Some Northampton residents were not as sanguine about their safety, however. Frances Crowe, who had trespassing charges against her dismissed last year after protesting at Entergy’s headquarters in Brattleboro, warned the council that the plant could endanger thousands of area residents.

“Residents in Western Massachusetts live downwind from a problem nuclear reactor, yet are being treated as if they have no legitimate voice in decisions regarding its operation,” she said.

Crowe described the reactors as “aged, brittle and cracked,” and questioned whether it can handle the boost in power.

Dr. Henry Rosenberg of the Pioneer Valley Chapter of Physicians for Social Responsibility pointed out that the citizens of New Orleans were able to throw a Mardi Gras celebration just six months after Hurricane Katrina destroyed much of the city. A nuclear accident will offer no such recovery, he said.

“When catastrophe occurs, we’re going to have to evacuate our city,” Rosenberg said, “and we will not be coming back.”


Feds put Vermont Yankee uprate on hold due to excess vibration

Feds put Vermont Yankee uprate on hold due to excess vibration
By Kathryn Casa | Vermont Guardian

posted March 7, 2006

BRATTLEBORO — Federal regulators have frozen the Vermont Yankee power increase at 105 percent after a measurement on Saturday recorded vibrations that exceeded acceptable levels, the Vermont Guardian has learned.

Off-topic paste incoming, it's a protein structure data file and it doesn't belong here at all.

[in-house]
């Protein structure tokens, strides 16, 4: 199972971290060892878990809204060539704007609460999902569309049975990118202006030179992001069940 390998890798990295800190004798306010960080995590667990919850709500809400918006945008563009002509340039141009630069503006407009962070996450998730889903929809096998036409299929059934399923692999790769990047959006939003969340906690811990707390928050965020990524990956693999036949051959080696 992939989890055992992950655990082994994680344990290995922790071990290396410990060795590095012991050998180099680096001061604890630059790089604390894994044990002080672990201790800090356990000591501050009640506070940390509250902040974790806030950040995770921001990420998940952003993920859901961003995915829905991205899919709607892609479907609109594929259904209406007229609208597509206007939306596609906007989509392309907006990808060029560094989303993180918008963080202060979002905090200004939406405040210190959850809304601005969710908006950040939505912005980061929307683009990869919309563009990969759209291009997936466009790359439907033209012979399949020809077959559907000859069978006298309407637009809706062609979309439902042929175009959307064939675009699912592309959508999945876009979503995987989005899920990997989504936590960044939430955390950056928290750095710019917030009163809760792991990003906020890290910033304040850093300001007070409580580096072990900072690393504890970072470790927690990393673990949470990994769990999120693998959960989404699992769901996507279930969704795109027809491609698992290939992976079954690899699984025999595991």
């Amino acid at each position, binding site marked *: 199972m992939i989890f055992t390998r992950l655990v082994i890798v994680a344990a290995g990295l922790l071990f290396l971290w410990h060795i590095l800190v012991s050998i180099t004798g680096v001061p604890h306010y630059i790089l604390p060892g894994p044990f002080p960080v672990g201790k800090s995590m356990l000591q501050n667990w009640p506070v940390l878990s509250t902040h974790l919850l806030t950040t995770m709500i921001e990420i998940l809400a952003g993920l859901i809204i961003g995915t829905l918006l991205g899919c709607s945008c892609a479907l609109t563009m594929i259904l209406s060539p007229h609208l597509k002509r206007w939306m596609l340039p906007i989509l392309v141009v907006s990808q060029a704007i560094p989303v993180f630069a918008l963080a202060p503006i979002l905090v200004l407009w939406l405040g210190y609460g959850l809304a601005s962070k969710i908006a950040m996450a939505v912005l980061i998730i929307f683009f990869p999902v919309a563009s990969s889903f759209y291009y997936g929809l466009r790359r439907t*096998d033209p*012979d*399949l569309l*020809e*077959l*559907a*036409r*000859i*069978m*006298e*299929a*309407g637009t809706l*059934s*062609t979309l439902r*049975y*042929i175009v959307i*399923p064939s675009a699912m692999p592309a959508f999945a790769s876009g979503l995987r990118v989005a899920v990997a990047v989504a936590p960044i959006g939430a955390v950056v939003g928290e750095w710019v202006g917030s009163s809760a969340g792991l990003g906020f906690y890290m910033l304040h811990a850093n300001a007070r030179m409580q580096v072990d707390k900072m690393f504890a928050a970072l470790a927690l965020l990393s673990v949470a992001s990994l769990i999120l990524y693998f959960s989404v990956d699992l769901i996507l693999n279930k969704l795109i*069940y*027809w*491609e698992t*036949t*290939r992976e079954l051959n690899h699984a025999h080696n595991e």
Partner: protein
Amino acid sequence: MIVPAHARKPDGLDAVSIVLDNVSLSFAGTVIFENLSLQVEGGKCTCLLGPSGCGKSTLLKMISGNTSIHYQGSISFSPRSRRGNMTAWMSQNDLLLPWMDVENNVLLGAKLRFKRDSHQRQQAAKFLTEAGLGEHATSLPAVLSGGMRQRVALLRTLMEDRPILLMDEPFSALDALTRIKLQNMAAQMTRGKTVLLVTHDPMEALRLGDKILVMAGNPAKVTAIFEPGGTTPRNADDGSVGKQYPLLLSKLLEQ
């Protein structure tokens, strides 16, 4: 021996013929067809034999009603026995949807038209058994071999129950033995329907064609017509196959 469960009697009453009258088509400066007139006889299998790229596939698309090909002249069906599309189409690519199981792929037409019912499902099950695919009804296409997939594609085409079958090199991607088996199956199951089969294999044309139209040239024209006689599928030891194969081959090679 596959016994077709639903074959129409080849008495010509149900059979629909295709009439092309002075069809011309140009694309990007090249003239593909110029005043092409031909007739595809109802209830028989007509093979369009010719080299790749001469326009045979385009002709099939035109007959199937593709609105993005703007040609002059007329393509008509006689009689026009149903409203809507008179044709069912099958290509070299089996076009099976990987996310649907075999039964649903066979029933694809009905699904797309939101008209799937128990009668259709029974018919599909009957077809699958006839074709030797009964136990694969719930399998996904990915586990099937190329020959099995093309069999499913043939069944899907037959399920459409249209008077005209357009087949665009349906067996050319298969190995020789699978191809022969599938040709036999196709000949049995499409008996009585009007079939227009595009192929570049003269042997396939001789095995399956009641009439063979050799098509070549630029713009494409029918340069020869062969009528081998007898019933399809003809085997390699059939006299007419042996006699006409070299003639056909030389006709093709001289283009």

“The data forwarded to us on Saturday for the ‘A’ main steam line exceeded one of the criteria levels. So, in accordance with the monitoring plan, a hold has been placed on further power increases while the data is evaluated,” Nuclear Regulatory Commission spokesman Neil Sheehan told the Vermont Guardian in an e-mail late Monday.

The NRC last week issued approval to allow Vermont Yankee to increase power to 120 percent of its design capacity under close scrutiny because of concerns about the plant’s steam dryer, the component that removes water droplets from the steam before it feeds into the turbines.

The conditions require VY operators to increase power in increments of 5 percent and hold each increase for 96 hours after the vibration and stress measurements are sent to regulators.